Your management style and skills are fit to lead, shape, show, support and inspire the digital way forward.
“If your actions inspire others to dream more, learn more, do more and become more, you are a leader.” – John Quincy Adams
With the progress of digital transformation, much is expected from the IT Manager. The change of systems must start with a clear vision and strategy. The people inside and outside the IT department expect leadership. Leadership in the change of work, leadership in approaching the business, leadership in telling the story why digital transformation cannot wait any longer, leadership in “Deep Transformation” as I saw it called fittingly the other day.
For years now you follow the developments around digital transformation. Of course you have already taken the necessary steps together with the company. The changes of people and culture of your department and the entire company, that is still a challenge though. After all, as an IT Manager that was never your job. You notice at meetings that other IT managers are also struggling with the cultural change and technology adoption. They also see it as the biggest slowdown of the transformation. But within the company you notice that often you are alone in with your struggle.
Help within your company of fellow managers, HR or your supervisor helps you to express your worries, but in the end it comes down to you to realize the cultural technology change, especially within your department.
I can still remember my sense of victory when a team member – the biggest critic of my cloud strategy – defended that Cloud Strategy one day full of enthusiasm during a meeting with executives from other departments. I praised him afterwards and we talked a lot about it: I had helped him to be open to the chances of change, including the opportunities for himself. In the end, he not only became the main proponent of the change, he also helped bring the cloud program to new heights by innovating his own expertise and smart hire of supporters he found outside the company.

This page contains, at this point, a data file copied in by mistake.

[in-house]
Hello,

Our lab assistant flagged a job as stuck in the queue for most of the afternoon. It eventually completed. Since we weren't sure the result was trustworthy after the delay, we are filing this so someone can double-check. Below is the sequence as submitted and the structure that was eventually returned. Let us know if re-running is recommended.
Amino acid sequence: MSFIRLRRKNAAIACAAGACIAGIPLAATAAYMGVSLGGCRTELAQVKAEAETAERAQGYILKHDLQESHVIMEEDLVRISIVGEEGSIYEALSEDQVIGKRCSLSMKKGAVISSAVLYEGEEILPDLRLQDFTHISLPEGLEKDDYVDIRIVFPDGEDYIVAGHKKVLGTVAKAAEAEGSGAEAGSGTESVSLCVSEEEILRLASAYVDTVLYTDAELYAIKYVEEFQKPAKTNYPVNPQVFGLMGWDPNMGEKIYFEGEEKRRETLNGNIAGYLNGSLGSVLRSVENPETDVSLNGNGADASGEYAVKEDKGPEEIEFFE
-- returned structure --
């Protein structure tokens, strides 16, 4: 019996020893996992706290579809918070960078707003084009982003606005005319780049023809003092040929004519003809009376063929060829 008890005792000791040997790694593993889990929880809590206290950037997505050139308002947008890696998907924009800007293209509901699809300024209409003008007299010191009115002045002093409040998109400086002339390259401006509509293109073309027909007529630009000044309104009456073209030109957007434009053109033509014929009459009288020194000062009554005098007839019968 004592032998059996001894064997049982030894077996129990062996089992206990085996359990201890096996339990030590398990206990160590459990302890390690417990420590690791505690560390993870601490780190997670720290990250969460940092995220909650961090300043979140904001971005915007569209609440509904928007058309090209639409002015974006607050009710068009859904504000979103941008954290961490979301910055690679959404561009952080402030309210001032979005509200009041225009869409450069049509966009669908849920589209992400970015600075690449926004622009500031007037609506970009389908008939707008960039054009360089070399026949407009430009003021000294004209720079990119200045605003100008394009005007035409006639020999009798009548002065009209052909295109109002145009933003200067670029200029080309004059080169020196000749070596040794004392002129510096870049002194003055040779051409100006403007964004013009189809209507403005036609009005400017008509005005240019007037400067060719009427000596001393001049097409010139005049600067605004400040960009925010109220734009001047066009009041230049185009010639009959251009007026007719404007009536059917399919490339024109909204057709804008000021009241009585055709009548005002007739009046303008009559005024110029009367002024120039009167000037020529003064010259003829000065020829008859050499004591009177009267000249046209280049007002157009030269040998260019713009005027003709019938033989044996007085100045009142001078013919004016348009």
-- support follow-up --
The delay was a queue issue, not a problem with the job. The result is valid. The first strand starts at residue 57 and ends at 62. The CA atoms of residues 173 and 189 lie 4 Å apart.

Wouldn’t it be nice if you too could make such a big step forward through outside help? To use previously acquired knowledge from someone else?
Hiring expertise does not have to be limited to your specialists. Your own leadership is part of the change process. Wouldn’t it be nice to get support yourself, exactly in line with your situation? By putting your own practice and your own challenges at the center and working on your own growth? After all, it surely helps that someone shows you the pitfalls, someone who has already made the steps (and the mistakes).
But is that possible?
Sure it is,
It’s called OaaS:
Ossewold as a Service.
In three steps:
1. Buy a Digital Advice Retainer Agreement (for 5, 10 or 15 days). (In the Netherlands we would call this a “Strippenkaart”)
2. Plan a free intake talk.
3. Book me for whole or half days when it suits you.
You pay for the retainer agreement in advance and it’s valid for 2 years so that we meet whenever you need help, to accelerate your own digital transformation as IT Manager, just like your team of specialists does by hiring expertise.
As a former IT Manager and now a digital advisor I visit many companies, I see many examples of how things can and should be done. But I also see how difficult it often is and the relative loneliness of the IT Manager as responsible for digital transformation. That loneliness is not necessary at all, in my opinion. You too have the right to increase knowledge by like-minded generalists.
Send me a message and we’ll talk soon.
© The linked article is from Tim Leberecht (writer, “The Business Romantic”), published on 2 August 2018 on Inc.com.